Click here to read the entire essay.

Uncategorized

The Greenville Daily Reflector reprinted an editorial this morning that first ran in a town with a lot of up-close-and-personal experience in the nation’s ongoing immigration crisis on the southern border. According to the editors of the Corpus Christi Times:

To hear Republican U.S. Rep. Blake Farenthold of Corpus Christi tell it, Congress is willing help solve the immigration crisis if only President Barack Obama would “get off the belief that we have to do comprehensive immigration reform.”

This resistance to comprehensive reform, rampant throughout Congress, puzzles us because all the signs point to comprehensive reform as being urgent.

Consider that 52,000 undocumented immigrant children are known to have crossed the southern border unaccompanied so far this year as of mid-June, fleeing violence and poverty in their homelands. The trend is expected to continue.

There are an estimated 12 million undocumented immigrants in the country, 1.7 million of whom are what’s known as DREAMers — young people brought here as children, who would be eligible to stay under legislation known as the DREAM Act if only it were to pass. The DREAM Act would be one humanitarian step in the direction of comprehensive immigration reform. It offers legal residency to people who can’t be blamed for having come here illegally, in exchange for attaining higher education or serving in the military.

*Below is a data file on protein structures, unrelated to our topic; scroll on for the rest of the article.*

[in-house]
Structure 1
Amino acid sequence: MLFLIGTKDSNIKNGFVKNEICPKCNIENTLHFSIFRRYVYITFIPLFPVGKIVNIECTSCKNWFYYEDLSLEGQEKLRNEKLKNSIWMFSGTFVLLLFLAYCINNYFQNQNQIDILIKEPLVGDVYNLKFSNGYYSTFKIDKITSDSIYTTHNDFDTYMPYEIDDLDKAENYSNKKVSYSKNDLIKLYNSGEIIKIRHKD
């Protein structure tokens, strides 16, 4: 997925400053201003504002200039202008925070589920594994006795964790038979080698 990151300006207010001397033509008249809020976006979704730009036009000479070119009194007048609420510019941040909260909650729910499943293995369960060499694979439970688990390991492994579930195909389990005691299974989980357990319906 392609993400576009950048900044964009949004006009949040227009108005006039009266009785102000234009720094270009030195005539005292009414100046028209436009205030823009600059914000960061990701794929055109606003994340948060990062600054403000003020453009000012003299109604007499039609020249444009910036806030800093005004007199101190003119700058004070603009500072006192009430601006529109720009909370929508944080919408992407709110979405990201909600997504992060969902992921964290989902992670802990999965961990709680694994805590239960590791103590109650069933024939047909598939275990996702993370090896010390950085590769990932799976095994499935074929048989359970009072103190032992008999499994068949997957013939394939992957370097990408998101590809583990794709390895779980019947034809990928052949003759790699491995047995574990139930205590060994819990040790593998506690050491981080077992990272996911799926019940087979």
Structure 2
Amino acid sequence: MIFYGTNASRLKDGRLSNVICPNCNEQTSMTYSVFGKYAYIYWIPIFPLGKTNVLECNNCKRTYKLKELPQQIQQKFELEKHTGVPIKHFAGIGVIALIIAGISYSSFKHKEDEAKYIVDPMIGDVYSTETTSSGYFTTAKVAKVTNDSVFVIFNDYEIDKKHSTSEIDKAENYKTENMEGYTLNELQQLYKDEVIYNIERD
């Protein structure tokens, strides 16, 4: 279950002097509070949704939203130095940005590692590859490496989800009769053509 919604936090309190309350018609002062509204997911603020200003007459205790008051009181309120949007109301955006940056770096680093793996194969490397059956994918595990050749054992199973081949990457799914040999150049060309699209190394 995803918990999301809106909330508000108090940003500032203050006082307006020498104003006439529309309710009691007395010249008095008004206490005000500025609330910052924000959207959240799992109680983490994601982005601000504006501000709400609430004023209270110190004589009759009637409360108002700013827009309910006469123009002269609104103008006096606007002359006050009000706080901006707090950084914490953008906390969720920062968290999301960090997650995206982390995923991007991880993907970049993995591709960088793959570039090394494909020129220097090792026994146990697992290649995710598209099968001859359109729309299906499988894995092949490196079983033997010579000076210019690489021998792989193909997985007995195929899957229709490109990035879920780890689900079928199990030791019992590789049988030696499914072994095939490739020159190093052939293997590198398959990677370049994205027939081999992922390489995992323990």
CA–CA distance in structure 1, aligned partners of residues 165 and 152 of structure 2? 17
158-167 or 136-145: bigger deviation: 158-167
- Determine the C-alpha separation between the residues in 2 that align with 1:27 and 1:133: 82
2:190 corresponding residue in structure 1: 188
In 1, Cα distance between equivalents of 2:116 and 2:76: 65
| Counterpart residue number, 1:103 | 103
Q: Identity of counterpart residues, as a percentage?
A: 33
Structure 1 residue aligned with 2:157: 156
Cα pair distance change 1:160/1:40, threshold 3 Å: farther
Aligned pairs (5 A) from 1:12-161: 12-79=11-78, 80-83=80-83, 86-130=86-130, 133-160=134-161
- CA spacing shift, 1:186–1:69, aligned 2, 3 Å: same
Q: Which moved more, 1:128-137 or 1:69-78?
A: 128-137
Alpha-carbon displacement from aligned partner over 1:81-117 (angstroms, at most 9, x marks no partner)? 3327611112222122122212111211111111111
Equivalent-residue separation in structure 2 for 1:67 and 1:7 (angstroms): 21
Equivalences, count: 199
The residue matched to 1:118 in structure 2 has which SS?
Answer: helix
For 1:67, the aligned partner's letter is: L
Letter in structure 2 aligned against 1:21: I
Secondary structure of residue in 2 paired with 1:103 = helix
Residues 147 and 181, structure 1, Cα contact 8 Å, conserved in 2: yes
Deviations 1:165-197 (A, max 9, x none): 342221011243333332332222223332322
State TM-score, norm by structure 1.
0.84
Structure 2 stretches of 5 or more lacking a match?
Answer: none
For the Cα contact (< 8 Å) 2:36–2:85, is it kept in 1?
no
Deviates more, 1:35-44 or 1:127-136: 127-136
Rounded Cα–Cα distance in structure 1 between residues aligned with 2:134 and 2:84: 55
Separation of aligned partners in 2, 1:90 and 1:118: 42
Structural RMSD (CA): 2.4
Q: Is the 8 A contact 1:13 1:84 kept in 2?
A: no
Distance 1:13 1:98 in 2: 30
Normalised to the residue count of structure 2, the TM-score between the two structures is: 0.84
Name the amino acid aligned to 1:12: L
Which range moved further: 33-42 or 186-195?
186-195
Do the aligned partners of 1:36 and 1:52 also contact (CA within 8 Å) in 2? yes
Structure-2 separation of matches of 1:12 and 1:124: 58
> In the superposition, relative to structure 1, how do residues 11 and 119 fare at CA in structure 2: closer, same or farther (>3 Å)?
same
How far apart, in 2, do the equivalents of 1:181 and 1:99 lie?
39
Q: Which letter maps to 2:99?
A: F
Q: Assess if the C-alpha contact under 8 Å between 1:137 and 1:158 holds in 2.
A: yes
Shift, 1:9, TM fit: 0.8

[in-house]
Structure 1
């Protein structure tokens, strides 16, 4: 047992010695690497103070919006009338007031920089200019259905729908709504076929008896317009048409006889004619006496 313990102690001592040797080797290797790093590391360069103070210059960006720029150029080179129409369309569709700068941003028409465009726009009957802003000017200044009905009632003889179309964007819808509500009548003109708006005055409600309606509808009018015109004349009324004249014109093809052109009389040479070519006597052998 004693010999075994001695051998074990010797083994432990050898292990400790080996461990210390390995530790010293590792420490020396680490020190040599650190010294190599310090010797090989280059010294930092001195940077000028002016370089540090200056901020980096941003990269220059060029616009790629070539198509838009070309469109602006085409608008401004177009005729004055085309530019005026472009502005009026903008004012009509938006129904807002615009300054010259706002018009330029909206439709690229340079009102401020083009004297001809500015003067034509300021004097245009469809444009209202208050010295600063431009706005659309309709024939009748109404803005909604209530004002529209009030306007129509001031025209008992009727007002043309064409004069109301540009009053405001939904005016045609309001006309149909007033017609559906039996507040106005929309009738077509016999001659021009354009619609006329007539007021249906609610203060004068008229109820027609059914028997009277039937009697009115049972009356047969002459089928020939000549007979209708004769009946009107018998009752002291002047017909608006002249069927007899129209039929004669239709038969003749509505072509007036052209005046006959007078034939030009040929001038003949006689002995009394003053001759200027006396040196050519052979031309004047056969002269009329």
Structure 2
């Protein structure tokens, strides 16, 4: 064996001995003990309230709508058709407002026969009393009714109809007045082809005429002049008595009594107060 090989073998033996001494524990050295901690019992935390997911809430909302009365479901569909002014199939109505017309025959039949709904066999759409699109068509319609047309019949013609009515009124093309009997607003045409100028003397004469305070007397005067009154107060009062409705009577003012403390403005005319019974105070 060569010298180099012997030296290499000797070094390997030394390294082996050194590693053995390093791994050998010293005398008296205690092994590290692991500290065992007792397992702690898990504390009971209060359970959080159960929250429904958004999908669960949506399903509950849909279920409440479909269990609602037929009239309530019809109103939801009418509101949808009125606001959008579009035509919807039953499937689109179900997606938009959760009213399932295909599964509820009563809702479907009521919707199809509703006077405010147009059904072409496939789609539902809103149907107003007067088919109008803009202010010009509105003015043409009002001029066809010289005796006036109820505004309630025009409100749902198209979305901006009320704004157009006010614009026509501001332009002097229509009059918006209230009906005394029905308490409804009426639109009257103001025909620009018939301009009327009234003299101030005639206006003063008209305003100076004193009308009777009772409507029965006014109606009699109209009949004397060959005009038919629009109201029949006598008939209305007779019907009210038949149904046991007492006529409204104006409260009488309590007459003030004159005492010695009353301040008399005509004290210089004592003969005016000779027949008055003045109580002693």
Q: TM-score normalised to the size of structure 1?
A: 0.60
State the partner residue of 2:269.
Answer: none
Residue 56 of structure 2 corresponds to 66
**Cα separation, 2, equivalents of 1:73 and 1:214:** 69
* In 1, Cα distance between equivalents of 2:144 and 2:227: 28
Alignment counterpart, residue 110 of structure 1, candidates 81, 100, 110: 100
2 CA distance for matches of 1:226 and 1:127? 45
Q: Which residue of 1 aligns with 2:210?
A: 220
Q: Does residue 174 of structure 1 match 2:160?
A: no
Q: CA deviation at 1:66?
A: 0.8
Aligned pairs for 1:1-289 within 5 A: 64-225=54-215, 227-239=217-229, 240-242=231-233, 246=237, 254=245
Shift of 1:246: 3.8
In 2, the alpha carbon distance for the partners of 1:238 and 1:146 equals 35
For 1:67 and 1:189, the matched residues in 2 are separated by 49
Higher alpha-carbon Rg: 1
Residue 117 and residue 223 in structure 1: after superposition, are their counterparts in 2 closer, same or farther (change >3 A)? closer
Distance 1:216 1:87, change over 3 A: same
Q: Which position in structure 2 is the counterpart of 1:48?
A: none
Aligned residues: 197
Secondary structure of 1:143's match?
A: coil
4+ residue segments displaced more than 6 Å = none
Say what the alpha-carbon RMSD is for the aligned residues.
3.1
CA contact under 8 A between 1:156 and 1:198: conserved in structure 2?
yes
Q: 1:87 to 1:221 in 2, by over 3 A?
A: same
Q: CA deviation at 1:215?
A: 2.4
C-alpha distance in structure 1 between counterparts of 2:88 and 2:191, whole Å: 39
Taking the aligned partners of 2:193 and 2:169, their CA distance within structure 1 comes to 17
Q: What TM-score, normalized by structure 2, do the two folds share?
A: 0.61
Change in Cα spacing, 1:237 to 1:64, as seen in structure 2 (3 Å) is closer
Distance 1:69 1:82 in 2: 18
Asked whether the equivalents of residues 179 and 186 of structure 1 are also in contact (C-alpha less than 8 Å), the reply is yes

Read More

Uncategorized

Young undocumented immigrants who received temporary reprieve from deportation under a federal deferred-action plan aren’t entitled to in-state tuition for North Carolina’s universities and community colleges, lawyers for N.C. Attorney General Roy Cooper wrote in an advisory letter yesterday.

Assistant attorney generals Alexander Peters and Kimberly Potter were responding to an inquiry from state Rep. Marcus Brandon, a High Point Democrat. Deferred-action, called DACA, was granted to immigrants in 2012 who came to the country as children and are now able to apply to reside and work in the country provided they have a clear criminal records and have pursued an education or served honorably in the military.